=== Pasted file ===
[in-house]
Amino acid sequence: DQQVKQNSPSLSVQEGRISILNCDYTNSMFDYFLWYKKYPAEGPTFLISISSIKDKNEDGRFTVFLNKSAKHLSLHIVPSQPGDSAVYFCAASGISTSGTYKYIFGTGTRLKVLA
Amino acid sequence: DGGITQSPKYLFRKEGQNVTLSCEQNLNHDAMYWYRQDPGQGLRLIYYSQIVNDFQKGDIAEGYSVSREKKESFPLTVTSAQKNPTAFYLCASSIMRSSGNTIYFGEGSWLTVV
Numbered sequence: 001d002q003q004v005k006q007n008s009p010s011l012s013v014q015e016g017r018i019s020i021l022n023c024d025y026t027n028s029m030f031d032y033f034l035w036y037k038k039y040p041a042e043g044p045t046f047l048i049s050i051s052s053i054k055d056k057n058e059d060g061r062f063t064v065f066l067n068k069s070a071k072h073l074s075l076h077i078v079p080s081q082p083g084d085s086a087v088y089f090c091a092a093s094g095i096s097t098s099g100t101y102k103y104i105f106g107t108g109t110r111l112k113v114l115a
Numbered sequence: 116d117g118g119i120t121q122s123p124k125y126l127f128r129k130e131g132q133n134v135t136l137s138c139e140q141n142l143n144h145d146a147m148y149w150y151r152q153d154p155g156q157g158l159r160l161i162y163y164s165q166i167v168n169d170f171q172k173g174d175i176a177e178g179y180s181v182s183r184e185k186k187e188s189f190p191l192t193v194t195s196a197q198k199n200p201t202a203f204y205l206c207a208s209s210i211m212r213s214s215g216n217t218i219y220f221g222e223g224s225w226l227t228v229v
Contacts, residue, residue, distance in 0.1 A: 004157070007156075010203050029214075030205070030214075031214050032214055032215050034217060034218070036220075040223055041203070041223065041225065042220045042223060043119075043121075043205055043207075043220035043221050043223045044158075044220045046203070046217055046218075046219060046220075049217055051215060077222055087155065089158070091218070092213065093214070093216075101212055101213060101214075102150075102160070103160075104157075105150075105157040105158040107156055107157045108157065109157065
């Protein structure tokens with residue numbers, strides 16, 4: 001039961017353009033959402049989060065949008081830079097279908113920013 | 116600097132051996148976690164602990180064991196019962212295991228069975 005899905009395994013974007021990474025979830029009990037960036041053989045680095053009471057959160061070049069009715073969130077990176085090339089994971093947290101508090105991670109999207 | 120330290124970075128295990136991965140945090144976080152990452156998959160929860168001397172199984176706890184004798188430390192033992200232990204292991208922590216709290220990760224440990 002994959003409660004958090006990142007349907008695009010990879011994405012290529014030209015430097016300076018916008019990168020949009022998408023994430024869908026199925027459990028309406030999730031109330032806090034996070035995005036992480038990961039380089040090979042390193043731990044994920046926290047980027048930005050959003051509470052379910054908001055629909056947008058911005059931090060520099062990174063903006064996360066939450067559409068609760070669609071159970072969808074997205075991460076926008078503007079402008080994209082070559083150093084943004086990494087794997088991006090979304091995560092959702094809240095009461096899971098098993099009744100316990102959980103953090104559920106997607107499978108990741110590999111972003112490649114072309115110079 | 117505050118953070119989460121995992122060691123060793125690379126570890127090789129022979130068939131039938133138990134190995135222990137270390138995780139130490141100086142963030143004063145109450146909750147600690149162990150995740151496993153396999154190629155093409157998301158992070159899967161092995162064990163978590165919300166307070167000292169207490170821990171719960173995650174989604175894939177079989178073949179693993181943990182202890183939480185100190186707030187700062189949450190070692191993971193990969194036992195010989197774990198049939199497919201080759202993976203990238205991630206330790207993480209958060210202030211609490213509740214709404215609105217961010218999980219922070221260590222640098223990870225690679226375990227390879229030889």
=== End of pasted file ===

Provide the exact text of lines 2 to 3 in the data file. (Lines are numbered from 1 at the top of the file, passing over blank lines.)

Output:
Amino acid sequence: DQQVKQNSPSLSVQEGRISILNCDYTNSMFDYFLWYKKYPAEGPTFLISISSIKDKNEDGRFTVFLNKSAKHLSLHIVPSQPGDSAVYFCAASGISTSGTYKYIFGTGTRLKVLA
Amino acid sequence: DGGITQSPKYLFRKEGQNVTLSCEQNLNHDAMYWYRQDPGQGLRLIYYSQIVNDFQKGDIAEGYSVSREKKESFPLTVTSAQKNPTAFYLCASSIMRSSGNTIYFGEGSWLTVV